' They decided to chance it when
they: heard the howling dog, and as
they, descended Lieut. Stephen Far
rell" spied a smokestack in the dis
tance, It disappeared from view
when they struck the tree tops, and
when they' crawled from the balloon
there was no sign of a habitation
They at last made camp for the
(Torn to Page Six, Column Two.) '
Plan to Protect j;'
From Prof iteers
Bill Prohibiting Restaurant
And Hotel Keepers From
' Raising Prices Introduced
Washington, Jan. S. Measures
proposing protection for inaugural
crowds March 4, from gouging hotel
keepers, restaurant proprietors and
landlords, as well as from plck
pocketsT were introduced in the'
Tenife 'ind their "authors gave notice
they would be pressed.
The measures were offered as the
senate was adopting a resolution ap
propriating $50,000 to build a stand
at the capitol and to defrays other
expenses in connection with the in
auguration of President-elect Hard
ing. An attempt to cut the appro
priation to $10,000 failed.
A resolution introduced by Sena
tor McCumber, republican, North
Dakota,' would prohibit hotels from
charging more than the rate charged
during the last month and the pres
ent month. He said congress would
provide police protection from pick
pockets,, and asked if any protection
Was to be given from "the bigger
Senator Jones, republican, Wash
ington, offered a bill which would
go further in protecting visitors. It
would authorize commissioners of
the District of Columbia to regulate
charges for meals and lodgings from
February 28, to March 10, and viola
tors would be liable to fines of from
$100 to $1,000 and prison sentences
of six months. , ,
Plans of the inaugural committee
got into the senate discussion dur
ing the debate. Senator Lenroot, re
publican, Wisconsin, said ,it was; his
opinion the inauguration should and
at the capitol when the president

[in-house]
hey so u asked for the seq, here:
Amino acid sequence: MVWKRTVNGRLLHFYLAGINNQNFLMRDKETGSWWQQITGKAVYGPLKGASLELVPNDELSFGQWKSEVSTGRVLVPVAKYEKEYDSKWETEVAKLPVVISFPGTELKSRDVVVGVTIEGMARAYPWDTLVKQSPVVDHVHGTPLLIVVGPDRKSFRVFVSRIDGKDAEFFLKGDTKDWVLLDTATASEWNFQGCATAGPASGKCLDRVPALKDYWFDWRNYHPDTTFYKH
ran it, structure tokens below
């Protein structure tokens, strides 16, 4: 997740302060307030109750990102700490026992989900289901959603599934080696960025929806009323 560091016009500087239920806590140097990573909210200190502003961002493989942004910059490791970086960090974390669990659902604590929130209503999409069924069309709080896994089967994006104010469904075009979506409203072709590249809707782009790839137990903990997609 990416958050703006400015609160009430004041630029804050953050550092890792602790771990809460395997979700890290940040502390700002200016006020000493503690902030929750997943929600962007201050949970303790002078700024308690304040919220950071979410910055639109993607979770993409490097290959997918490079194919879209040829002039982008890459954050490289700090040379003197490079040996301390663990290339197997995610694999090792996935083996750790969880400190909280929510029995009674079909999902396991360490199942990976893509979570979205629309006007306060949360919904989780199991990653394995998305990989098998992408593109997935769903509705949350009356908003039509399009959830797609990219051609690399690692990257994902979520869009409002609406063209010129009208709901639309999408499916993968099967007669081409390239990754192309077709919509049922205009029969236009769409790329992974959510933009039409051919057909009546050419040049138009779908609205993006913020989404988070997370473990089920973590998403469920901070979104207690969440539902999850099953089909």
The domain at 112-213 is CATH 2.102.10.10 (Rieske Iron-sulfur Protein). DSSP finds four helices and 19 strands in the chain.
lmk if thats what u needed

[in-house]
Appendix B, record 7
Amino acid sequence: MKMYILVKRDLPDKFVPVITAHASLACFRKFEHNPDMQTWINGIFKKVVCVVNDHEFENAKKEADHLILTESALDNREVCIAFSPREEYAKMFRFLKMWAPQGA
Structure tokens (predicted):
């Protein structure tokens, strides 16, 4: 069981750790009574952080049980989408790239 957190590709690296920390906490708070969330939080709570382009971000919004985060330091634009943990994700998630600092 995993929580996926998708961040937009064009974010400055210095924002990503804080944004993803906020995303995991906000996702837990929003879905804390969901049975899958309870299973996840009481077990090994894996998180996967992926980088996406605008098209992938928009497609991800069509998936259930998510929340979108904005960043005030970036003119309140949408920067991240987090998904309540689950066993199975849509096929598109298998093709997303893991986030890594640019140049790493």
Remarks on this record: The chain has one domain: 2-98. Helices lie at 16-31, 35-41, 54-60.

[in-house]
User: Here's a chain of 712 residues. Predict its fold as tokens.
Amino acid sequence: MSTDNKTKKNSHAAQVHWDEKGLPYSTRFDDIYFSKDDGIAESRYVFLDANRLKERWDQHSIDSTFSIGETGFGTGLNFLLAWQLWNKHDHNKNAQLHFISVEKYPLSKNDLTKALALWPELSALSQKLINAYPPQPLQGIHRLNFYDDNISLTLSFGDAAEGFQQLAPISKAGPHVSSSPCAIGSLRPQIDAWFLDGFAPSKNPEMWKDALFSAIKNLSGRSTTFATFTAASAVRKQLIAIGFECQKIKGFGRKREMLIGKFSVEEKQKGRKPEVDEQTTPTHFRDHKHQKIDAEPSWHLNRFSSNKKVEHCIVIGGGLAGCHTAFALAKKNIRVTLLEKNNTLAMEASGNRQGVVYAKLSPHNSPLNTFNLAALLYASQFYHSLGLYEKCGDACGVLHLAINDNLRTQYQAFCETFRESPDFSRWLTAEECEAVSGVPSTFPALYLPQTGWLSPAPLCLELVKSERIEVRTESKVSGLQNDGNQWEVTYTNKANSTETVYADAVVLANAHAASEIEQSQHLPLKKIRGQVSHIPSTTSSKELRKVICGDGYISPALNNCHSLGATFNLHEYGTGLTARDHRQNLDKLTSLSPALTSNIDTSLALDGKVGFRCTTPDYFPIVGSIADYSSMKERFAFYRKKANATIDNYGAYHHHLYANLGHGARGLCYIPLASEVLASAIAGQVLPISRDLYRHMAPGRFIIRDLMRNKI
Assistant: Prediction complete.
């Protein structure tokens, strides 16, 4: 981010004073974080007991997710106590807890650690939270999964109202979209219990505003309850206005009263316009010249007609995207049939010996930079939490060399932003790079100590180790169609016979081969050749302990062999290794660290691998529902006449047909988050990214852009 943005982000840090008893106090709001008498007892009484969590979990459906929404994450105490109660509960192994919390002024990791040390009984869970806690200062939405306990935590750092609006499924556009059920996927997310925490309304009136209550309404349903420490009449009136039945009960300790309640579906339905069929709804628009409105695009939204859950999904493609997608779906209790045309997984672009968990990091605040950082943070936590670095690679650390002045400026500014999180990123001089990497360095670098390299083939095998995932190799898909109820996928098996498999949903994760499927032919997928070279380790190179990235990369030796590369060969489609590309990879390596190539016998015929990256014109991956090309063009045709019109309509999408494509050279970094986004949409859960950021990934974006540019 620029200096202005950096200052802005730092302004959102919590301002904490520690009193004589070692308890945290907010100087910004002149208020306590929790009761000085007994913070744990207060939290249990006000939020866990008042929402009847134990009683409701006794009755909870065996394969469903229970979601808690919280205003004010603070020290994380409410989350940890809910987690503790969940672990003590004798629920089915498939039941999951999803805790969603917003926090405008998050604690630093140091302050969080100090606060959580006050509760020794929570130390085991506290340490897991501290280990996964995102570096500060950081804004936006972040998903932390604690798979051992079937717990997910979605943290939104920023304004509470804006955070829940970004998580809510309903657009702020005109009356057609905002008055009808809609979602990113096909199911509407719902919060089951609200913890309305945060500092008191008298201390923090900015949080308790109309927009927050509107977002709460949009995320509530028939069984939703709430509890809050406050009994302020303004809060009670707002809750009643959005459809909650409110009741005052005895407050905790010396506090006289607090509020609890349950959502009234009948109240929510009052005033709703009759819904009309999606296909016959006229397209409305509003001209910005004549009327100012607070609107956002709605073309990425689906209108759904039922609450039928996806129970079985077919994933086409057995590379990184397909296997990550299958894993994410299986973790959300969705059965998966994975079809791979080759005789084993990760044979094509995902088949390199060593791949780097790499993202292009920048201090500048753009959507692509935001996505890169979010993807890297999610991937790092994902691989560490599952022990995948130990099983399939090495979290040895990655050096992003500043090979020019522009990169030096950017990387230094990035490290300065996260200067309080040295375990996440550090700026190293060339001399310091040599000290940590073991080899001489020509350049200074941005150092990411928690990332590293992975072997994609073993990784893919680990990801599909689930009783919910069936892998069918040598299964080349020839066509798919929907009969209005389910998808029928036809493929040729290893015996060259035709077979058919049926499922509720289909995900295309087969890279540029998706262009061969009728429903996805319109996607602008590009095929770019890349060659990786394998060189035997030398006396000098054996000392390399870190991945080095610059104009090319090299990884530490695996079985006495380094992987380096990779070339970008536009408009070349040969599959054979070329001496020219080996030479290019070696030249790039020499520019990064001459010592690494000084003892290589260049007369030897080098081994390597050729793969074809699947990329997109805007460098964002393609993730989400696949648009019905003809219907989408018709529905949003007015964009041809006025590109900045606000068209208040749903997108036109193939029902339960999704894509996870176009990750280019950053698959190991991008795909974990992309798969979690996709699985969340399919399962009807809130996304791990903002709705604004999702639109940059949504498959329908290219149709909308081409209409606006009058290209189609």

elect took office. s
New Yorker Predicts
Prosperity in 1921
'Chicago,' Jari. 5 that 1921 would
bring prosperity to all with the will
ingness and ability to take advantage
of its opportunity, was the predic
tion of Charles B. Mitchell, president
of the National City company of
New York, in a speech before the
Chicago Assaciation of Commerce.
, Mr. Mitchell also assailed those
persons who, he said, were obstruct
ing reconstruction by refusing to
join in the liquidation movement cur
rent in trade circles, condemned de
lays in public utility inprovement
and criticized the federal excess pro
fits' tax system, which lie said, was
a strong contributing influence in
placing a damper on building.
France Well Supplied
With Coal for Six Months
Paris, Jan. 5. France has a. sur
plus of coal large enough to supply
all her economic and domestic needs
for six months, it was statedly
both governmental and commercial
officials. Contracts with American
coal companies for more than $100,
000.000 worth of coal have been can
celed, these authorities said, while
the price of American coal delivered
ct French ports has fallen from $32
a ton to $12.50 a ton, within two
Mayor Resigns From Party
Davenport, la., Jan. 5. Dr. C. L.
Barewald, mayor of Davenport,
electfd on the socialist ticket a year
ago, is no longer a socialist. He has
announced his resignation from the
Purely local issues prompted the
mayor to leave his party, it was said
today. With him in the council are
five socialist and three republican aldermen,
M ee t i 11 g
Mayor Calls Halt to Considera
tion of Budget After Com
missioners Exchange Per